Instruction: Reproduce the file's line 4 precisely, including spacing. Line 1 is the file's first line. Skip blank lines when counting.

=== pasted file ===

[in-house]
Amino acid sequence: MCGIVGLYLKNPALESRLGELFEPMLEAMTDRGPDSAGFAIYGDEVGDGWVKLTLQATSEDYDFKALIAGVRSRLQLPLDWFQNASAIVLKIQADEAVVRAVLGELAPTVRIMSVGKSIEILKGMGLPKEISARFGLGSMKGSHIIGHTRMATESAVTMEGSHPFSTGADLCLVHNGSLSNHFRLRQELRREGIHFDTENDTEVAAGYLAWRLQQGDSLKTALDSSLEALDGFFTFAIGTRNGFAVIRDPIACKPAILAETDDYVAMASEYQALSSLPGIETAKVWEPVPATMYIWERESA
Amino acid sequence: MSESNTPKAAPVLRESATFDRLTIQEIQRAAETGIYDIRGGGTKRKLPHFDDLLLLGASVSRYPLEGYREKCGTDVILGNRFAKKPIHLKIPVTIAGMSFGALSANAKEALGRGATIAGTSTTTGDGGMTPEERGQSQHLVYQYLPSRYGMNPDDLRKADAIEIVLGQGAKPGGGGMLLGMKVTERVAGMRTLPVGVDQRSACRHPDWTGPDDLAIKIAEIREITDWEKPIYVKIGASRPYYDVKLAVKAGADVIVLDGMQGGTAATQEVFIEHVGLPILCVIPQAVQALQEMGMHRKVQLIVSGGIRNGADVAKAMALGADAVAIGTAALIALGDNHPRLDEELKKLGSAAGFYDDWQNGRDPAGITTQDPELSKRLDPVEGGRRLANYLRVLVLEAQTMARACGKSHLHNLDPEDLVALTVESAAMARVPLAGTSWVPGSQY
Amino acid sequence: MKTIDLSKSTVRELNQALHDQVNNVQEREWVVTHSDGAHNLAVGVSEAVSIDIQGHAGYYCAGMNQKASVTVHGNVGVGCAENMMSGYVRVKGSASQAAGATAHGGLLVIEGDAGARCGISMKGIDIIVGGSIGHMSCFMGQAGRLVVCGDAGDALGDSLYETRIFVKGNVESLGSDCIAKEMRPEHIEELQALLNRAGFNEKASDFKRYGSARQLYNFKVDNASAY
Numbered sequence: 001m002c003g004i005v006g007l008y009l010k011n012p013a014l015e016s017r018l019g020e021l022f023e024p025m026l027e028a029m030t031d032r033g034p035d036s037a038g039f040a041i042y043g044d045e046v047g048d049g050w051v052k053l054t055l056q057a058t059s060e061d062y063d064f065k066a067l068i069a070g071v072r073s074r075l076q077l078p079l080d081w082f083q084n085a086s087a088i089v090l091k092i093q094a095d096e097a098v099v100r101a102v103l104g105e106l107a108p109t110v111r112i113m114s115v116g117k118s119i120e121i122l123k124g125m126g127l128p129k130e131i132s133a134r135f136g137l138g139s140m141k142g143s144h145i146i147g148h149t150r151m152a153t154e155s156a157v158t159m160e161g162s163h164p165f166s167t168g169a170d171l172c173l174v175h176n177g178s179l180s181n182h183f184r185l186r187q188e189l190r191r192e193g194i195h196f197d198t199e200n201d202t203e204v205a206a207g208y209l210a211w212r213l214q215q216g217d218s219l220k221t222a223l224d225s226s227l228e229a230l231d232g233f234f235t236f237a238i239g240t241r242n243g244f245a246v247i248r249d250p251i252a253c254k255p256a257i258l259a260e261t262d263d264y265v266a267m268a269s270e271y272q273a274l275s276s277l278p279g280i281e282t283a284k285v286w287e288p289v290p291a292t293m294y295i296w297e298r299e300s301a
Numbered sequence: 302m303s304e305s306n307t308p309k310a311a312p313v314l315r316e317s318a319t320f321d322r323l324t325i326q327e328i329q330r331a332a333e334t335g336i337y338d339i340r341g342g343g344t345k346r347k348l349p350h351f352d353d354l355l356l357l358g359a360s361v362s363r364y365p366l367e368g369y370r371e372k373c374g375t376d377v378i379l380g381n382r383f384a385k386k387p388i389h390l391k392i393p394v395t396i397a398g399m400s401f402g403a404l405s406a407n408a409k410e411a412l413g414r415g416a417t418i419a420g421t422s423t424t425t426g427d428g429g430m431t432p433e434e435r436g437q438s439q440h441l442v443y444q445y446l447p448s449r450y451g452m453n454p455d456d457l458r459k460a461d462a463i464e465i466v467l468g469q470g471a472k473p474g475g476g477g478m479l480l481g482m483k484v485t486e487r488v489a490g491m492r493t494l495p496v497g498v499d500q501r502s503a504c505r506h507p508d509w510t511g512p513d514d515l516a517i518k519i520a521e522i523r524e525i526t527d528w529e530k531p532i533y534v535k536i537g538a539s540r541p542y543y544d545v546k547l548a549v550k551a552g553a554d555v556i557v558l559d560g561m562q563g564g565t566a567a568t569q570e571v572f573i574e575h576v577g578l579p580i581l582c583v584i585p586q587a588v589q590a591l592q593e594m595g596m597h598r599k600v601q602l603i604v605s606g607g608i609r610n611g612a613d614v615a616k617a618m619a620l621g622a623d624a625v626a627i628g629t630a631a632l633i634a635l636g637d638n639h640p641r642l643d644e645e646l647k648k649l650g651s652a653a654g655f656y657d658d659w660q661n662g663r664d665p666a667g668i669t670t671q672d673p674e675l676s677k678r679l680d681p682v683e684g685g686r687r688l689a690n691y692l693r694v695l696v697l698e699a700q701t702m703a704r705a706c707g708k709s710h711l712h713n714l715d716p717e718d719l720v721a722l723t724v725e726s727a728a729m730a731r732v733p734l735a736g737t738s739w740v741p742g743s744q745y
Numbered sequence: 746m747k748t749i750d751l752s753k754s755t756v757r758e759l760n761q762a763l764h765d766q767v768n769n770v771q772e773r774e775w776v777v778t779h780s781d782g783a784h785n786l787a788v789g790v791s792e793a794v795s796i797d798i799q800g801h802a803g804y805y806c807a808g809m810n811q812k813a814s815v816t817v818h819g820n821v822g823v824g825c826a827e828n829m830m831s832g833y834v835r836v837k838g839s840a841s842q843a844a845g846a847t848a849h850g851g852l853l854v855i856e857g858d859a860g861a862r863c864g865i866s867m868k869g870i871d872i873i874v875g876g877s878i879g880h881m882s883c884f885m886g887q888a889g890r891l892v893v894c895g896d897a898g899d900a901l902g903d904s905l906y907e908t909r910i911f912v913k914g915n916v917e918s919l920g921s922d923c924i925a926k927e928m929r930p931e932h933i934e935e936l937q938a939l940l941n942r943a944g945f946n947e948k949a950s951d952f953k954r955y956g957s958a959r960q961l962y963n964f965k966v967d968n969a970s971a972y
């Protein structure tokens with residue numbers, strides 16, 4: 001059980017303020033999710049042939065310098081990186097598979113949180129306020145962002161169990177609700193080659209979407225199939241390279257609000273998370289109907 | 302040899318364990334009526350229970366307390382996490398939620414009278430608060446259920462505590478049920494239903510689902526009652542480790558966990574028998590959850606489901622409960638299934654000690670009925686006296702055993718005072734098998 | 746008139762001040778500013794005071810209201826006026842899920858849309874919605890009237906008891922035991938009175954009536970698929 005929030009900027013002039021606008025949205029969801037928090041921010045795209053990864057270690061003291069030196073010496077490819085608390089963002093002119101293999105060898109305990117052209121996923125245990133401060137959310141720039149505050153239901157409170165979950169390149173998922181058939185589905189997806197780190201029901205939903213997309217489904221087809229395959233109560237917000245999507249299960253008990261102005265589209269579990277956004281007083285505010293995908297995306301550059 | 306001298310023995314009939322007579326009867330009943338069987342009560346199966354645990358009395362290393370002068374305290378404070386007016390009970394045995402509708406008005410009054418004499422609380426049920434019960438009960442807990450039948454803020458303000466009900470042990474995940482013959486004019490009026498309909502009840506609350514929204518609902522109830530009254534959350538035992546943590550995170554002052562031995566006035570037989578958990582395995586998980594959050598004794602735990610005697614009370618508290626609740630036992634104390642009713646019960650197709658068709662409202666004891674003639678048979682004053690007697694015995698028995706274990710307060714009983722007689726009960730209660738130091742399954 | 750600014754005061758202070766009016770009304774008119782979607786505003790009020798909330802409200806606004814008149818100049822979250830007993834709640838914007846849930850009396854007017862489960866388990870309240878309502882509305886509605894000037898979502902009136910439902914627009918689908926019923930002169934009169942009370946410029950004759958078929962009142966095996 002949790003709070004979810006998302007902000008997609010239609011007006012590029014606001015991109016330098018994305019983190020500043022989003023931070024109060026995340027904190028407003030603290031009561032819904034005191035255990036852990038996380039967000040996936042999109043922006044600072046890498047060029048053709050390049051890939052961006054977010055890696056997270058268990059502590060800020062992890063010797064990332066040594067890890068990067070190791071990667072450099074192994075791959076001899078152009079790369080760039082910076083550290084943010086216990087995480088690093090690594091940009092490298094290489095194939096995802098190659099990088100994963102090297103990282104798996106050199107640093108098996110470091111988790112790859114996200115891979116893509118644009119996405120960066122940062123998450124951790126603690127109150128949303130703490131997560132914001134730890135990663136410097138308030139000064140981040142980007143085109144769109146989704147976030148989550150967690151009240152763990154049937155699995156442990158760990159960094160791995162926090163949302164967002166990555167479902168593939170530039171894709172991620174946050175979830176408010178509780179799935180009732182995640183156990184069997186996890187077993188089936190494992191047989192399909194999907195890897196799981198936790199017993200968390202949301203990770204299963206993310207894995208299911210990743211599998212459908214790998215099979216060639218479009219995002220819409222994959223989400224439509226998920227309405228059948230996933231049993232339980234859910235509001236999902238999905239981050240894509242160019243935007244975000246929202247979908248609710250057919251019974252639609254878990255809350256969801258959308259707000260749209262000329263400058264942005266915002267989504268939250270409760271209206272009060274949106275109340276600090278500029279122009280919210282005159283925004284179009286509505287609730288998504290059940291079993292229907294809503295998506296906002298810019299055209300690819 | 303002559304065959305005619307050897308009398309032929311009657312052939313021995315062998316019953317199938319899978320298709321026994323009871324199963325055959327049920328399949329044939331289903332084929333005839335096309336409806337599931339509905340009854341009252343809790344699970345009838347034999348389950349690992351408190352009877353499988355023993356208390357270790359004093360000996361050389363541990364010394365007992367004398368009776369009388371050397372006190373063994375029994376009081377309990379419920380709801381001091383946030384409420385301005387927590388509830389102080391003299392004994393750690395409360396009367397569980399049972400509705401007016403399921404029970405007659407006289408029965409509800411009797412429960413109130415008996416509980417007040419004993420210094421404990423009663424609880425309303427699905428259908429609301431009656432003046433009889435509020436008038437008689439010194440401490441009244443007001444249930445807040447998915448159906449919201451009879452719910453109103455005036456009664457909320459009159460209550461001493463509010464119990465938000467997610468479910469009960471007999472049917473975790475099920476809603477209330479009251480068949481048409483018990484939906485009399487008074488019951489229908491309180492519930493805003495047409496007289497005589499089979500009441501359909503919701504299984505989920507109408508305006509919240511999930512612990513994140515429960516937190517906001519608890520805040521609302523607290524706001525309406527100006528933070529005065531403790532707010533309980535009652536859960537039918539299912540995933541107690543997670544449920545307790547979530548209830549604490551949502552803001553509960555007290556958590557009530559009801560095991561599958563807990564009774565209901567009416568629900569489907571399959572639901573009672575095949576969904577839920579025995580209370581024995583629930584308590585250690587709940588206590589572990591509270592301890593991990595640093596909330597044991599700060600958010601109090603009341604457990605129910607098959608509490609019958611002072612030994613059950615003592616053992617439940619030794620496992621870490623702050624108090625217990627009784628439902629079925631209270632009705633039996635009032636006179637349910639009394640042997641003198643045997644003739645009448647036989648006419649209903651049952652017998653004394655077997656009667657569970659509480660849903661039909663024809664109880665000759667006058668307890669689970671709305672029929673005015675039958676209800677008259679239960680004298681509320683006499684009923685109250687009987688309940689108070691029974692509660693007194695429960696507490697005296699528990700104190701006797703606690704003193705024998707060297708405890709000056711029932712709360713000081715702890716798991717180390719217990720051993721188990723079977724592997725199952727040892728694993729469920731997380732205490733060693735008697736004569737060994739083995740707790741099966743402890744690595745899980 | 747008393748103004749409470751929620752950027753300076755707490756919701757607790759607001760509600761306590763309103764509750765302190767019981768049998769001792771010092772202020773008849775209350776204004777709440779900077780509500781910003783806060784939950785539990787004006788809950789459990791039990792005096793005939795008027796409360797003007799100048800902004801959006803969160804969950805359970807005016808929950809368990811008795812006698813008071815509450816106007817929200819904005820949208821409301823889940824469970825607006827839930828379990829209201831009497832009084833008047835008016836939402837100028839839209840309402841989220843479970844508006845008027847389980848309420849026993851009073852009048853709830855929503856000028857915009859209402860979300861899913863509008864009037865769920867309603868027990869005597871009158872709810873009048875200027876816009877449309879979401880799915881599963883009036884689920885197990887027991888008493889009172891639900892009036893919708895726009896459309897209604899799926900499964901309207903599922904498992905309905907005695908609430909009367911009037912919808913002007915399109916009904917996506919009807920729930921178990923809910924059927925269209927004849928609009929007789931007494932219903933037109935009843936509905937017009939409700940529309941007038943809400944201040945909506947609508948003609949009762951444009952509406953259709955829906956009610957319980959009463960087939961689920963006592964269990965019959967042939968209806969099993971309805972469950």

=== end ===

Amino acid sequence: MKTIDLSKSTVRELNQALHDQVNNVQEREWVVTHSDGAHNLAVGVSEAVSIDIQGHAGYYCAGMNQKASVTVHGNVGVGCAENMMSGYVRVKGSASQAAGATAHGGLLVIEGDAGARCGISMKGIDIIVGGSIGHMSCFMGQAGRLVVCGDAGDALGDSLYETRIFVKGNVESLGSDCIAKEMRPEHIEELQALLNRAGFNEKASDFKRYGSARQLYNFKVDNASAY